Mark R. Jacobson has over 20 years of experience in the federal government, international organizations and academia working on some of the most complex and politically sensitive national security issues facing the United States. He is a recognized expert on U.S. foreign policy and national security as well as the dynamics of international conflict and the use of military force. His time as a policymaker, diplomat, academic and armed forces veteran enables him to break down in clear terms how the United States develops foreign and defense policy, the role of Congress in these decisions and how it all plays out in the international arena. As a public servant, Jacobson most recently held appointments as a senior adviser to the Secretary of Defense and special assistant to the Secretary of the Navy. Previously, he served in Kabul, Afghanistan, as the Deputy NATO Representative and Director of International Affairs at the International Security Assistance Force, and in these roles advised Generals David Petraeus and Stanley McChrystal on the international political dynamics of the mission. Earlier in his career, Jacobson served at the Pentagon in multiple roles and was in his office on Sept. 11, 2001, when American Airlines Flight 77 crashed into the wing where he worked. On Capitol Hill, Jacobson worked for Senator Carl Levin on the staff of the Senate Armed Services Committee where he participated in the inquiry into the treatment and interrogation of detainees in U.S. custody. A combat veteran, his military service includes time as both an Army and Navy reservist including mobilizations to Bosnia in 1996 and to Afghanistan in 2006 -- both times in support of the NATO mission. As an academic, Jacobson focuses on military history, the use of propaganda, as well as the politics of U.S. national security policy. He was also one of the first to warn of the dangers of non-armed and cyber attacks as a strategic weapon in 1998 with the publication of “War in the Information Age: International Law, Self-Defense and the Problem of ‘Non-Armed’ Attacks,” in the Journal of Strategic Studies. He currently teaches courses at Georgetown University’s Edmund A. Walsh School of Foreign Service as well as The George Washington University’s Elliott School of International Affairs and is writing a book on perceptions of the foreign and national security policy of the Carter Administration (1977 to 1981). Jacobson has made over 100 live and taped television and radio appearances on major networks including segments as a commentator and subject matter expert on broadcast television, cable networks, and national and international radio stations. He has been quoted in major print and online publications, and his commentary has appeared in The Washington Post, The Hill, Foreign Policy, The Daily Beast and the Chicago Tribune. A native of Michigan, Jacobson grew up in the suburbs of Detroit and holds degrees from the University of Michigan, the King’s College, University of London and a doctoral degree in military history from The Ohio State University. He is a life member of the Council on Foreign Relations and a member of the Board of Advisors to Veterans in Global Leadership, a nonprofit devoted to training and preparing veterans to be tomorrow’s global leaders. He lives with his wife and son in Washington, D.C., and remains a rabid Michigan Wolverines fan.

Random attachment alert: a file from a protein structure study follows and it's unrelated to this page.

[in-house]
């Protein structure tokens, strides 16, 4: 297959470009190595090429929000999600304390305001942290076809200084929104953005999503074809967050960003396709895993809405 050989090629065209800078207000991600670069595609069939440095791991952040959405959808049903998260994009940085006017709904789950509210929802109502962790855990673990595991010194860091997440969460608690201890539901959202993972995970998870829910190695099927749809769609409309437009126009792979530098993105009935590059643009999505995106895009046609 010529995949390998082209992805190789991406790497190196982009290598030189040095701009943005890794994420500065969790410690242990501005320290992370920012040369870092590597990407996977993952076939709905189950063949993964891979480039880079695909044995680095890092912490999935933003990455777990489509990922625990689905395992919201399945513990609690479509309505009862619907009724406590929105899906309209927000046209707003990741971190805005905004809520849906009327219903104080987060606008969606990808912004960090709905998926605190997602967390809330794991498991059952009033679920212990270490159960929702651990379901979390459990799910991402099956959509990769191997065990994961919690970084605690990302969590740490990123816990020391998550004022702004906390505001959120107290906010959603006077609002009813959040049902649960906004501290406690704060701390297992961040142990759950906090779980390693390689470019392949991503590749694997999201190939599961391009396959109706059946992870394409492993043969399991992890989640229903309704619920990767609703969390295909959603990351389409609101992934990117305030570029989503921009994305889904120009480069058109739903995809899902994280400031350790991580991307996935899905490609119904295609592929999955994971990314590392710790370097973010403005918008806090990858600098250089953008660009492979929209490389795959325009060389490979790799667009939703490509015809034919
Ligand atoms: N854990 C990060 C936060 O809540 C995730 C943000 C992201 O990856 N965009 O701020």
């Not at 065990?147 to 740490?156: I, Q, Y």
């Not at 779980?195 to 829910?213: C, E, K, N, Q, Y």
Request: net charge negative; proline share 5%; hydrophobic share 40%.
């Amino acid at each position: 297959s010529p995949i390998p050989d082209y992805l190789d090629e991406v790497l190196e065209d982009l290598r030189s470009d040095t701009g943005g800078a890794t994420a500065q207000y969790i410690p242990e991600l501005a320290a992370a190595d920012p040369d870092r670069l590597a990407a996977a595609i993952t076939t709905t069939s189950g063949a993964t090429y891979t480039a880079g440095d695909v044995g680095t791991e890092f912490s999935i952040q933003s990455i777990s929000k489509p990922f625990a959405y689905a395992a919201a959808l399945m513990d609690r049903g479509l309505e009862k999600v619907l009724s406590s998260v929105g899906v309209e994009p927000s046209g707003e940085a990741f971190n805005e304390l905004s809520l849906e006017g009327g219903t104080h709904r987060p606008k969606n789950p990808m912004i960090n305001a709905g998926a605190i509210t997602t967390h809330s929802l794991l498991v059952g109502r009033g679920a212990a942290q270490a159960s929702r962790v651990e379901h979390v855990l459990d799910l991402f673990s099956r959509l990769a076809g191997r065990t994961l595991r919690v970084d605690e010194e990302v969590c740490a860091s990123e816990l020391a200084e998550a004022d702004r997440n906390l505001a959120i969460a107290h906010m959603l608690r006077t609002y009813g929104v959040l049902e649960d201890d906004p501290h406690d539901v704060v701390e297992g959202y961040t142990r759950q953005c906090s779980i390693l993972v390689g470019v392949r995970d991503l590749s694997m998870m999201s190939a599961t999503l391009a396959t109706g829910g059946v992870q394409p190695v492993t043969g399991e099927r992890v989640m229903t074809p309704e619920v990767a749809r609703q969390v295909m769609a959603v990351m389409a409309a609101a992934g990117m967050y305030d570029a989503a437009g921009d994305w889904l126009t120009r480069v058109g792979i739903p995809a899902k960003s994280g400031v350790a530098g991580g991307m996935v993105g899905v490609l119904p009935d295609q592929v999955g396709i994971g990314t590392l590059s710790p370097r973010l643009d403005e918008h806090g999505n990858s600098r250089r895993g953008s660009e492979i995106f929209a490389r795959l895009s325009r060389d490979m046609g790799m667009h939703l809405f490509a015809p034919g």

Mara Liasson is the national political correspondent for National Public Radio (NPR). Her reports can be heard regularly on NPR’s award-winning newsmagazines Morning Edition and All Things Considered. Liasson provides extensive coverage of politics and policy from Washington, DC — focusing on the White House and Congress — and also reports on political trends beyond the Beltway. Each election year, Liasson provides key coverage of the candidates and issues in both presidential and congressional races. During her tenure, she has covered six presidential elections — in 1992, 1996, 2000, 2004, 2008 and 2012. Prior to her current assignment, Liasson was NPR’s White House correspondent for all eight years of the Clinton administration. She has won the White House Correspondents’ Association’s Merriman Smith Award for daily news coverage in 1994, 1995 and again in 1997. From 1989 to 1992, Liasson was NPR’s congressional correspondent.